Battle Field of Manassas
Eds. Journal: As the people are taking some interest in war memories, perhaps some of the readers of the Journal would read a short sketch of how the battle field of Manassas appeared three days after the battle. I, with other members of the 7th Fa. regiment, left the camp at Manassas Junction, on Wednesday after the battle and went to the battle field. We passed over the same ground we did on the morning of the fight. There was a number of broken down wagons and dead horses along the road. A great many of the badly wounded were in the farm houses about the field. All the Confederate dead had been removed. The Federal dead were stil there, lying where they fell, bloated and bursting, emitting that horrible stench peculiar to decaying human bodies. In one place lay a number of the New York Zouaves in their red breeches and caps, some fine looking men among them. At the head of a ravine a man had fallen on a bunch of bushes and briars that held him in a sitting position. His mouth was open showing a fine set of teeth; the top of his head was shot off, and thousands of flies swarmed around and upon his head and face. An old lady was killed in here house on the day of the battle; her daughters still occupied the house. Groups of men were seen here and there discussing the narrow escapes they had made, or some brave action of their own or others. The pockets of the dead had been turned wrong side out and the contents appropriated.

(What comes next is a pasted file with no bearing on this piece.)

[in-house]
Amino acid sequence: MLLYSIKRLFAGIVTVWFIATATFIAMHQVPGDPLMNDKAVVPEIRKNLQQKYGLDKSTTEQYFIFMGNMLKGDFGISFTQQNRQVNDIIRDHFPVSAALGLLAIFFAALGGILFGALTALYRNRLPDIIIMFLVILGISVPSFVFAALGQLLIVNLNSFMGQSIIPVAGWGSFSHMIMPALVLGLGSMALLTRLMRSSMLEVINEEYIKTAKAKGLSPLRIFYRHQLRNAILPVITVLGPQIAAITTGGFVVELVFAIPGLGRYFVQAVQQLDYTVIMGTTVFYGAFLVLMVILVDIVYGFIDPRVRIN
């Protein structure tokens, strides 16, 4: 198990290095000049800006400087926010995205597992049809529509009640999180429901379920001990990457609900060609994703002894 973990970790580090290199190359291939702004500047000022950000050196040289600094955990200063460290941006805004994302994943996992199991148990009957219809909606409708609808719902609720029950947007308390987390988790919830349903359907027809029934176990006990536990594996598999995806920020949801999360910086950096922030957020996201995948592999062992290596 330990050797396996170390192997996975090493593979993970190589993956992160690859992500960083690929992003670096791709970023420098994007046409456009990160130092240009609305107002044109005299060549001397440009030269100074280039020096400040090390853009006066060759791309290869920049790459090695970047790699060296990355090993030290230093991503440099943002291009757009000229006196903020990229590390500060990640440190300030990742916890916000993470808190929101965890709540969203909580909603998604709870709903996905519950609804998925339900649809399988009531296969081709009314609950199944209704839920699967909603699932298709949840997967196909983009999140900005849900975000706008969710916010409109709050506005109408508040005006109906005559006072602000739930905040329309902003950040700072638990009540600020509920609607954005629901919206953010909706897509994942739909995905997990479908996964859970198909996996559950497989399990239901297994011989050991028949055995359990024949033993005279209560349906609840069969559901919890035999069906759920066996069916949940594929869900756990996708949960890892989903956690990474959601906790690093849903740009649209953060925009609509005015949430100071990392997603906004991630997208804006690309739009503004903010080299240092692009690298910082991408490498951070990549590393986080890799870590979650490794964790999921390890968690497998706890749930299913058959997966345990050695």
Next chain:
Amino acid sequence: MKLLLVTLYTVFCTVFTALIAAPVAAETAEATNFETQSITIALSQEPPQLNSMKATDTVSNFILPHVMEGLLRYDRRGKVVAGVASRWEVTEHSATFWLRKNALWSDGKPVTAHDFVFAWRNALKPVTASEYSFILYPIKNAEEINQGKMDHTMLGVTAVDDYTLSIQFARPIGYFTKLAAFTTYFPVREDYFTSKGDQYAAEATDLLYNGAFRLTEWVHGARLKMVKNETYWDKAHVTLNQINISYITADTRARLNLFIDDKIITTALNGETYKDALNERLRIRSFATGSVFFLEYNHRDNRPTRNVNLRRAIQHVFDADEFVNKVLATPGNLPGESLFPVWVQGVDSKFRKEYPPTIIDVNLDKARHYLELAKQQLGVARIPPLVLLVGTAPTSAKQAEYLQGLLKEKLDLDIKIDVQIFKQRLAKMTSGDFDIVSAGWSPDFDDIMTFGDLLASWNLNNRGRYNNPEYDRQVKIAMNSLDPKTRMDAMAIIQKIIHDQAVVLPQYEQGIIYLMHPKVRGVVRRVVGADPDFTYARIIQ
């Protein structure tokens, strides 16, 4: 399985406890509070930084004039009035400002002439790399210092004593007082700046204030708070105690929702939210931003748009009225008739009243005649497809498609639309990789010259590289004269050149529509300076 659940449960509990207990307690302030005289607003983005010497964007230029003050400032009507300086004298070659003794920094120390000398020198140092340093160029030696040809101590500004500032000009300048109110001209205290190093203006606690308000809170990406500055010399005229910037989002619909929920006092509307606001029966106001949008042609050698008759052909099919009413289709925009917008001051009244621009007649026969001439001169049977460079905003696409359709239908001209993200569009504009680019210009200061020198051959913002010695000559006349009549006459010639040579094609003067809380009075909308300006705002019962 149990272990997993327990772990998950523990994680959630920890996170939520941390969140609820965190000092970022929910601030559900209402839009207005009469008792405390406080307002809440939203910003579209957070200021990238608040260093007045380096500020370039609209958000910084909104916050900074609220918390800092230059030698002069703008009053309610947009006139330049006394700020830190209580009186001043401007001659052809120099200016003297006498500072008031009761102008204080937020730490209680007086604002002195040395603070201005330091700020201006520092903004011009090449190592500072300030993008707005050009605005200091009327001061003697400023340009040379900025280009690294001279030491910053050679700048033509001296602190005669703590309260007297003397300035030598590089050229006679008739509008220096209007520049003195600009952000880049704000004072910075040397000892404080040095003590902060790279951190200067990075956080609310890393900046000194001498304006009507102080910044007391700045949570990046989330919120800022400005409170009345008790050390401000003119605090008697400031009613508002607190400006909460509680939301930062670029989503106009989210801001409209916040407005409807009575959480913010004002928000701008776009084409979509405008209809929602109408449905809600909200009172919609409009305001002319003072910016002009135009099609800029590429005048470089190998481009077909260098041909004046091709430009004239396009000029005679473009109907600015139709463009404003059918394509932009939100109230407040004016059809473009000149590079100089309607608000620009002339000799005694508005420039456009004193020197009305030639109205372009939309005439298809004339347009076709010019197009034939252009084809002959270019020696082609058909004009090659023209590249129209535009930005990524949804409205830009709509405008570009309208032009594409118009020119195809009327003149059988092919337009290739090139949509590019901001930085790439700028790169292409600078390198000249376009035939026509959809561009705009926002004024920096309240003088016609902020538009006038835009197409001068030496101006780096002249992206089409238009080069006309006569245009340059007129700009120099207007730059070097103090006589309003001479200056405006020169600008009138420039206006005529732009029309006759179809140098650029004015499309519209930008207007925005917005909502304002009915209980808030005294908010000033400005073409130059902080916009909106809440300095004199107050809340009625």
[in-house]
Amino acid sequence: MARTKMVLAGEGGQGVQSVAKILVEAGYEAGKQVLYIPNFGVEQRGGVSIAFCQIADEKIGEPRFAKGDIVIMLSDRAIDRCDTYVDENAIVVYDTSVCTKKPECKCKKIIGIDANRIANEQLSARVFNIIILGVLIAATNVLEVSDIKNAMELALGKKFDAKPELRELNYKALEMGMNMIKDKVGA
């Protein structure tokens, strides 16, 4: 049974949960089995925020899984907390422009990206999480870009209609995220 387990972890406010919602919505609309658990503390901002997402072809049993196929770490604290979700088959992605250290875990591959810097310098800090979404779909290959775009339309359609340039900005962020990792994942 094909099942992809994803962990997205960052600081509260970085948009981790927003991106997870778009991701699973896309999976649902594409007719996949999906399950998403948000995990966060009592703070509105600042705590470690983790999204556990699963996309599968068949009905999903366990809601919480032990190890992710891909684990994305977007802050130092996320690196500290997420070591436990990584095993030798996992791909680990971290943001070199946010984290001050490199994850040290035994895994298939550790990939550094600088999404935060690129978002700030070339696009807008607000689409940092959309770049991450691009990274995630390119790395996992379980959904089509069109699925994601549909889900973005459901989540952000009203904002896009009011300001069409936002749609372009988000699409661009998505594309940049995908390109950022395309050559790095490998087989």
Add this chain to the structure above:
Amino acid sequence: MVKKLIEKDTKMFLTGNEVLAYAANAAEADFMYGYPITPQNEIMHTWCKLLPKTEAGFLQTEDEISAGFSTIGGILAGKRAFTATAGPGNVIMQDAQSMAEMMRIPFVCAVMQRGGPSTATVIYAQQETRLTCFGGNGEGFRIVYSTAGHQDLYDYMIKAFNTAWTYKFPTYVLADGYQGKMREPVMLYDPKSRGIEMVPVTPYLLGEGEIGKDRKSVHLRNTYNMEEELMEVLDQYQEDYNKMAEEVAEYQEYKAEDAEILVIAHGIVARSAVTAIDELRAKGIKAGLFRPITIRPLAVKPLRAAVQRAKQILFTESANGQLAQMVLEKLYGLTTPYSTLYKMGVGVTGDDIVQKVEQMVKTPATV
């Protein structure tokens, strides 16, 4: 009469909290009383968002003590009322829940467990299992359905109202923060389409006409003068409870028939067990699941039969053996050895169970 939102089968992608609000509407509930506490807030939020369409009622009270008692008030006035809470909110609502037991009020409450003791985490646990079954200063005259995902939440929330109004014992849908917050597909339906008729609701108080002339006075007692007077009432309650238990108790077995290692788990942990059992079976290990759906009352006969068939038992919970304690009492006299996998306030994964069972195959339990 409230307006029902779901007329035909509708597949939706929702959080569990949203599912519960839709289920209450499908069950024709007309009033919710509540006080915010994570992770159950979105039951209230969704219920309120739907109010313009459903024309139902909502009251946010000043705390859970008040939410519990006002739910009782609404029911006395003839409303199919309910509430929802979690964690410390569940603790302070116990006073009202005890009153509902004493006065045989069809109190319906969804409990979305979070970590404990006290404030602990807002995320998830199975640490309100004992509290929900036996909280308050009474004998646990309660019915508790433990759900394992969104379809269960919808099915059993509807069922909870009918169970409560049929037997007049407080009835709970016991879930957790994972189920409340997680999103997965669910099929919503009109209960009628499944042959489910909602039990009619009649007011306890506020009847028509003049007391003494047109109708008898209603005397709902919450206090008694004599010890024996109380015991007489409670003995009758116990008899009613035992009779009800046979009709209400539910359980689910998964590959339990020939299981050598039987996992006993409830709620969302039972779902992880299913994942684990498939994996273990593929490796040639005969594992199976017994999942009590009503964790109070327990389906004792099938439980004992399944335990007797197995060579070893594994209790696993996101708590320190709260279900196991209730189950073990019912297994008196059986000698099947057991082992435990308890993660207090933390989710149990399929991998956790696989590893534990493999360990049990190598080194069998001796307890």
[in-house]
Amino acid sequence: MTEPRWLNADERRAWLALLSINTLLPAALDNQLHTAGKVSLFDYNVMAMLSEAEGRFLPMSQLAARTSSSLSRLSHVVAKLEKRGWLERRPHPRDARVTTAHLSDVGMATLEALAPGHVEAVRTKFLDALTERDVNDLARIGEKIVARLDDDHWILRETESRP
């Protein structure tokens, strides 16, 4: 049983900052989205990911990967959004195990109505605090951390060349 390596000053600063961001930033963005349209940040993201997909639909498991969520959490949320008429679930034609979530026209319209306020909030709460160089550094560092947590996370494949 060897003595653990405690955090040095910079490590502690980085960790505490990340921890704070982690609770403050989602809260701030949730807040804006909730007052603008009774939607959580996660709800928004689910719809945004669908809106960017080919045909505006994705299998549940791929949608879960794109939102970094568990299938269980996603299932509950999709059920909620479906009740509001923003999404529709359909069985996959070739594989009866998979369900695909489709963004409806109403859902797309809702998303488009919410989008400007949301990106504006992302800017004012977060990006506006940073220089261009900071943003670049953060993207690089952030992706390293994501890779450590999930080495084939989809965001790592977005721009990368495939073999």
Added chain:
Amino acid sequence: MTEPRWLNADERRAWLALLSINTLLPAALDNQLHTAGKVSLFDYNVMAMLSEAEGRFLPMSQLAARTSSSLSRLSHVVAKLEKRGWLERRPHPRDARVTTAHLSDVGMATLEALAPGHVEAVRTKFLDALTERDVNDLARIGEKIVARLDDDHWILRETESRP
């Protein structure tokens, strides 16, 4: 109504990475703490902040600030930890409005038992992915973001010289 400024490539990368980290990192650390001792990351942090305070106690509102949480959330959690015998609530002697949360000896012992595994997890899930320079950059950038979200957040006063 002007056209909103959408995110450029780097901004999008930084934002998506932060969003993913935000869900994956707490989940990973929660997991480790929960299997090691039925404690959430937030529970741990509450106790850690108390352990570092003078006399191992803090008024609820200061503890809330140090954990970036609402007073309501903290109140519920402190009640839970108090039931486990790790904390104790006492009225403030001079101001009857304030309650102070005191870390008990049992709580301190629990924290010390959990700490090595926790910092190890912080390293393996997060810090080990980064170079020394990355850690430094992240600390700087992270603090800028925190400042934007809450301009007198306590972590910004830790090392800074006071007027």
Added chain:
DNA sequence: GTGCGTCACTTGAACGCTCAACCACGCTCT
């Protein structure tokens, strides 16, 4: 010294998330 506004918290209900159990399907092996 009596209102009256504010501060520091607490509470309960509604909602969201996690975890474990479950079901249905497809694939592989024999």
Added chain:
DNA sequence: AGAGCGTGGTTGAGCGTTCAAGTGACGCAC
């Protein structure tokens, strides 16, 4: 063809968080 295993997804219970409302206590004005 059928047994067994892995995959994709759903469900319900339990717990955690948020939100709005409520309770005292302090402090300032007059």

Marietta (GA) Journal, 4/5/1888
Contributed by John Hennessy